The documentary frames Ms. Moore’s life in the context of the women’s movement, interspersing footage of feminist rallies, news stories about Roe v. Wade and clips of Gloria Steinem and Betty Friedan. But while Ms. Moore’s TV self seemed fully in step with feminism, her personal life was more complicated. “She didn’t think feminism was so hotsy-totsy,” says Ms. Moore’s close friend, the actress Beverly Sanders. “She identified with it, up to a point.”
Unlike the boldly single Mary Richards, Ms. Moore had been married virtually her entire adult life. She wed first at 18 and had her only child, a son named Richard; divorced; and soon thereafter married the producer Grant Tinker, who masterminded her career and with whom she founded MTM Enterprises, her wildly successful production company. Not particularly independent at that time, Ms. Moore admitted that she relied heavily upon Mr. Tinker’s judgment: “I was very much a person who liked being directed and led.”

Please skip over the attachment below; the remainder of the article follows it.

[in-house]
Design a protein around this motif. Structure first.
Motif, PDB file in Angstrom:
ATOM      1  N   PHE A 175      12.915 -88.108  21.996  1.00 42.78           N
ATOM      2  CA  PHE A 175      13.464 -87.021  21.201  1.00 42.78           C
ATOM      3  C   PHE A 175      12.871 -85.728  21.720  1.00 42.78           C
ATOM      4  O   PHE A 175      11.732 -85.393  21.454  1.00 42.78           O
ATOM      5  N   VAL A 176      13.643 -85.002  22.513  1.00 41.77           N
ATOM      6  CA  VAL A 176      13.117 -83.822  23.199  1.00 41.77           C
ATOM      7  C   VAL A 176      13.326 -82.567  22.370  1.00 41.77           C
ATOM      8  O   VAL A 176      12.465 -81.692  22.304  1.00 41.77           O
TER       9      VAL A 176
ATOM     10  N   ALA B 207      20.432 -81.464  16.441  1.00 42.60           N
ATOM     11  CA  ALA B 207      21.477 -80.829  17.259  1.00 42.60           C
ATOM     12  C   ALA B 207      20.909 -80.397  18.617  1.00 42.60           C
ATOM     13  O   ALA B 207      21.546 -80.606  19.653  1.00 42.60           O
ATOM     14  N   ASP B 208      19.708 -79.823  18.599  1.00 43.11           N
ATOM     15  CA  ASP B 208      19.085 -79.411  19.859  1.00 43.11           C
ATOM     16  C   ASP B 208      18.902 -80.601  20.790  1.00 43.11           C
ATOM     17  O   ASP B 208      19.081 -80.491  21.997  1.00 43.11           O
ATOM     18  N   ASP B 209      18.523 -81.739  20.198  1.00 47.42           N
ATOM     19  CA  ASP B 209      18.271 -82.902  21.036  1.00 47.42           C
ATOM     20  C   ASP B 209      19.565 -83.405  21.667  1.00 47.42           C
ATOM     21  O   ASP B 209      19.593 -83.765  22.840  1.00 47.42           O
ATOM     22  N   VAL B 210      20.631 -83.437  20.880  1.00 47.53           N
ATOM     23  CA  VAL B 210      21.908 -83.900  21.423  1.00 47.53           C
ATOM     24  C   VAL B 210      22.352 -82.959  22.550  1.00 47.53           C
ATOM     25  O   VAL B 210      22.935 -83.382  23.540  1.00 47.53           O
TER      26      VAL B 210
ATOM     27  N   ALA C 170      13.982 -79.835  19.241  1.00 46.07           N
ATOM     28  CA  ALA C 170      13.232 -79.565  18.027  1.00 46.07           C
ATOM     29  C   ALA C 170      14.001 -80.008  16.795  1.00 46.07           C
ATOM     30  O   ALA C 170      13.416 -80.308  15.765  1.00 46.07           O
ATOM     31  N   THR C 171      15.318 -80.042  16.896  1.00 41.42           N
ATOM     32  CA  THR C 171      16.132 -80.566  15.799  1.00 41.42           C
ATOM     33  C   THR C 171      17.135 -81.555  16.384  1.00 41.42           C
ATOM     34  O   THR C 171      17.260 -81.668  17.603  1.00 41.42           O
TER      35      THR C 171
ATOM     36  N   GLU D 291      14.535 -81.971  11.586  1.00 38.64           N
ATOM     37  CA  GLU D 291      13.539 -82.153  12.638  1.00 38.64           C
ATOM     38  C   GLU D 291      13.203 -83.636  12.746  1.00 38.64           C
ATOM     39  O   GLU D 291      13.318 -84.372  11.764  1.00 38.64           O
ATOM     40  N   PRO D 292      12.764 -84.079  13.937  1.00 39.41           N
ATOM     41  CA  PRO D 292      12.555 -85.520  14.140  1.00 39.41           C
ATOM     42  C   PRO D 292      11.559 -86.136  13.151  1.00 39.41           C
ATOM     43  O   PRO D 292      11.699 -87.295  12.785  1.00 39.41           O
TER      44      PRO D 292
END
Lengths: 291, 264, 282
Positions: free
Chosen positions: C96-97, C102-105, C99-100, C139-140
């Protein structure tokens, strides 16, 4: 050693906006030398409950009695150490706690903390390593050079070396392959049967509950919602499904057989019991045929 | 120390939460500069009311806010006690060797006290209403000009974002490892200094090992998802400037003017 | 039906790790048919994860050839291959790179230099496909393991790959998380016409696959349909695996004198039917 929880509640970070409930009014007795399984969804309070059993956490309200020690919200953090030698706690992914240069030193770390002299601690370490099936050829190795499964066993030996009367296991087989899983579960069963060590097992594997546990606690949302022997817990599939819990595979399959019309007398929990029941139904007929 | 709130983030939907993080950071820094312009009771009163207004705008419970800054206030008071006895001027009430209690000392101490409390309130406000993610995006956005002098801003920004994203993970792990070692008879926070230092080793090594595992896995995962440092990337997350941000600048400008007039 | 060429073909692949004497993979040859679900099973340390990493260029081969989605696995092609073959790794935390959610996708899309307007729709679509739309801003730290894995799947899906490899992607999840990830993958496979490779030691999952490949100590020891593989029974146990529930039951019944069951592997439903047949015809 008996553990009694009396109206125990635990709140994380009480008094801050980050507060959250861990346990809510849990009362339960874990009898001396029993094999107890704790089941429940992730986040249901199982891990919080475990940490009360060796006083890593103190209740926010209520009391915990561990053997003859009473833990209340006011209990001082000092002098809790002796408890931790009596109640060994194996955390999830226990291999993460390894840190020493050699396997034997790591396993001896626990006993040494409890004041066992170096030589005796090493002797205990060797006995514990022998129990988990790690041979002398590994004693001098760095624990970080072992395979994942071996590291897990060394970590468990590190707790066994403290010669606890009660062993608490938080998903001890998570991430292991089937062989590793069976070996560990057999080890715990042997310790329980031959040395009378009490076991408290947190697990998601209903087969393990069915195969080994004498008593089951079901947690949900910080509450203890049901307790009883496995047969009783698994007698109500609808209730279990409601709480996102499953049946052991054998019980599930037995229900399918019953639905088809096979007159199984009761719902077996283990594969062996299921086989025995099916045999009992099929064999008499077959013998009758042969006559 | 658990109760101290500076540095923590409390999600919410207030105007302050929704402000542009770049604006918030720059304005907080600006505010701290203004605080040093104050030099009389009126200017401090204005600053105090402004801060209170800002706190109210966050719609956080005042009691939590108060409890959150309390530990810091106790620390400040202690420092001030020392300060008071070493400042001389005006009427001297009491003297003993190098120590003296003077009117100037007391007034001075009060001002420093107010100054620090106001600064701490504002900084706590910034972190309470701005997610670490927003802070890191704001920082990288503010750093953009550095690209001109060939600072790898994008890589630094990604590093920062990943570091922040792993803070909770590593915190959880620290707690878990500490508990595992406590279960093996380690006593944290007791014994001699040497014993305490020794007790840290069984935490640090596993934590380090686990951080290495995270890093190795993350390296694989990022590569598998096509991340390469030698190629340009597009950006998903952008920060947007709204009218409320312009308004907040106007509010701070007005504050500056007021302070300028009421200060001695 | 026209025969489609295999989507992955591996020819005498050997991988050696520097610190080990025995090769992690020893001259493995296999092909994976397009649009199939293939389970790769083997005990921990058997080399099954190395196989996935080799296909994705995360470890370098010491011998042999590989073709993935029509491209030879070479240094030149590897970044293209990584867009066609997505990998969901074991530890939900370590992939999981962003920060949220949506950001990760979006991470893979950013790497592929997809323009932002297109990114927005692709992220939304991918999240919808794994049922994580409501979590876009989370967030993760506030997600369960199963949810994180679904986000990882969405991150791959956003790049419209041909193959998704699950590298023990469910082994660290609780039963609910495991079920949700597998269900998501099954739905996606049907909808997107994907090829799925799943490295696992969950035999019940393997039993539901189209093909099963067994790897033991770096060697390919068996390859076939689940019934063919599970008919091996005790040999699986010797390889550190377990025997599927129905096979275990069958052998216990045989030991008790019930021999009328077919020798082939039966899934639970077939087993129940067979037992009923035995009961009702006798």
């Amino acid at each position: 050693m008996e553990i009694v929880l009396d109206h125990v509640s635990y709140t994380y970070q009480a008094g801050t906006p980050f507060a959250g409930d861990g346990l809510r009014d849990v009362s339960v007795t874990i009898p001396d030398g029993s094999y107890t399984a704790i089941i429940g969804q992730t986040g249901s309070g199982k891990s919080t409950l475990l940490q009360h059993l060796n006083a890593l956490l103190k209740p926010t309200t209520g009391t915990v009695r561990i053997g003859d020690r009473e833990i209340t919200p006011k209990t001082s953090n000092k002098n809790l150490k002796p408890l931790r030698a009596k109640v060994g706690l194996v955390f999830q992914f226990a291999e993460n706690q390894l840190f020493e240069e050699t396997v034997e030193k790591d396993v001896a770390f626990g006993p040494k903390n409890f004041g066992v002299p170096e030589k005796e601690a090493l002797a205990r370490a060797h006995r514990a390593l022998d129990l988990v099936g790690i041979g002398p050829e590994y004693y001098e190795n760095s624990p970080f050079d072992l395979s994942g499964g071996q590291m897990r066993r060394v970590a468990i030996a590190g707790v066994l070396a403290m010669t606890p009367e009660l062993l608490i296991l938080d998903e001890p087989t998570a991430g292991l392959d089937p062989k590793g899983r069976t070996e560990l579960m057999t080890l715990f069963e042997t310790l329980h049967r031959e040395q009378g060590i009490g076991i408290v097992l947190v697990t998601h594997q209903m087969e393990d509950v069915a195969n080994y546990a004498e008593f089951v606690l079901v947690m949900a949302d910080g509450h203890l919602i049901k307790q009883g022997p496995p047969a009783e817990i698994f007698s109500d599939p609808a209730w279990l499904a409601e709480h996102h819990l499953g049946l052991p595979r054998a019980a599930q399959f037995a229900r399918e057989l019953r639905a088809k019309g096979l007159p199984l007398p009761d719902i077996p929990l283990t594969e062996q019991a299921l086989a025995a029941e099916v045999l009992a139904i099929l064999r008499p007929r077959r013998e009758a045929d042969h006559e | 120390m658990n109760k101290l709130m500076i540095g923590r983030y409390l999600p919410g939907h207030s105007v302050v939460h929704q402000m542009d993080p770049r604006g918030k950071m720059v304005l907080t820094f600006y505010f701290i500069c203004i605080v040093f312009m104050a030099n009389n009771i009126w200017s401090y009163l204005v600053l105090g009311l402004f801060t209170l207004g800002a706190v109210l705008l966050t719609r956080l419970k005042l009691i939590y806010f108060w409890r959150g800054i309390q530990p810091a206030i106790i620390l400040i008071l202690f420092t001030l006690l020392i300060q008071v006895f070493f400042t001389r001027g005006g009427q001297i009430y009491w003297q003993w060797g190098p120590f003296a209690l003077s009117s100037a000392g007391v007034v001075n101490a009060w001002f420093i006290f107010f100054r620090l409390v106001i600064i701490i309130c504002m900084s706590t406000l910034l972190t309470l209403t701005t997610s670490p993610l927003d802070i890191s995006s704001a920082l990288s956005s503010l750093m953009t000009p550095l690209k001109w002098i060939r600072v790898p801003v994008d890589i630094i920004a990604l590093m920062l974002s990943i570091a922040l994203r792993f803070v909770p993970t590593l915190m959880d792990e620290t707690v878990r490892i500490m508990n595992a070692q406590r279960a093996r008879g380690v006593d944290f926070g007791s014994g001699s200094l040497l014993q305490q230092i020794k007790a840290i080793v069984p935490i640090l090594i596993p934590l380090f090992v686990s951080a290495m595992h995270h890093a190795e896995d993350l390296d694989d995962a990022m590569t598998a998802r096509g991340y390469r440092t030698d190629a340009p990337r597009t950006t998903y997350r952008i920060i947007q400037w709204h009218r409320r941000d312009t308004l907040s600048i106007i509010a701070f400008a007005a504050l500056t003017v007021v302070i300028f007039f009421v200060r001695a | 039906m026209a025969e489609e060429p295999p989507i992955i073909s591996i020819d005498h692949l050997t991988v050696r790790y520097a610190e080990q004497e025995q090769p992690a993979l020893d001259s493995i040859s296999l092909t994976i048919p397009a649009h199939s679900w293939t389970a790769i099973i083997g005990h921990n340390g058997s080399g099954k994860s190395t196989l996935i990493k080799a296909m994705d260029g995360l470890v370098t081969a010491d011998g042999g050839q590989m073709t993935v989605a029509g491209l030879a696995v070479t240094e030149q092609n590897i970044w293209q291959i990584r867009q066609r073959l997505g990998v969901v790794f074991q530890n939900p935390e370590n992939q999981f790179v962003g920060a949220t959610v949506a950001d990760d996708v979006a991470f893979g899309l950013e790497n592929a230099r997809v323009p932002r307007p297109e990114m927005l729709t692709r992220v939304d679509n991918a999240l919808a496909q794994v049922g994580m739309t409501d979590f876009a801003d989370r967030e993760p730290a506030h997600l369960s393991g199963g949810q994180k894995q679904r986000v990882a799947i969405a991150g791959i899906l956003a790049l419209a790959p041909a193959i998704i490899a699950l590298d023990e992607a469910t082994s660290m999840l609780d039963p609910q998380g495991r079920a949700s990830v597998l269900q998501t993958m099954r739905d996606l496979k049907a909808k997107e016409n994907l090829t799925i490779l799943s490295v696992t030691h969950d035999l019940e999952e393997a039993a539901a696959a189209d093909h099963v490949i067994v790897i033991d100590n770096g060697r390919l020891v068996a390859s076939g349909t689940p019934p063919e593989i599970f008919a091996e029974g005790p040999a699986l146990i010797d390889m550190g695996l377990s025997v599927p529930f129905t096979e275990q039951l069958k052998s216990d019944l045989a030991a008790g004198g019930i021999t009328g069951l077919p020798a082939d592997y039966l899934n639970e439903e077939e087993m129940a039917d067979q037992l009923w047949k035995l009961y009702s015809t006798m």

Significant challenges beset her years with Mr. Tinker. She suffered a miscarriage and then, at 34, was diagnosed with Type 1 diabetes (whose complications plagued her for the rest of her life). She also battled alcoholism.
In 1978, her younger sister, Elizabeth, died by suicide. And most painful perhaps was her distant relationship to her son, with whom she struggled to connect. Friends note often in the film that, offscreen, Ms. Moore could seem aloof and detached, unlike her onscreen upbeat self.
“The Mary Tyler Moore Show” ended in 1977, and Ms. Moore embarked on a new, Mary Richards-style chapter in her personal life, divorcing Mr. Tinker and moving alone to New York City. Professionally, though, she left Mary Richards far behind and turned her attention to theater and film, proving especially gifted at serious drama.
In 1980, Ms. Moore won a special Tony for her portrayal of a quadriplegic hospital patient in “Whose Life Is It Anyway?” And she was nominated for an Oscar for her subtle performance in Robert Redford’s directorial debut in 1980, “Ordinary People,” as Beth, an emotionally closed mother grieving one son’s death and coping with the attempted suicide of the other.
(With Inputs from nytimes)
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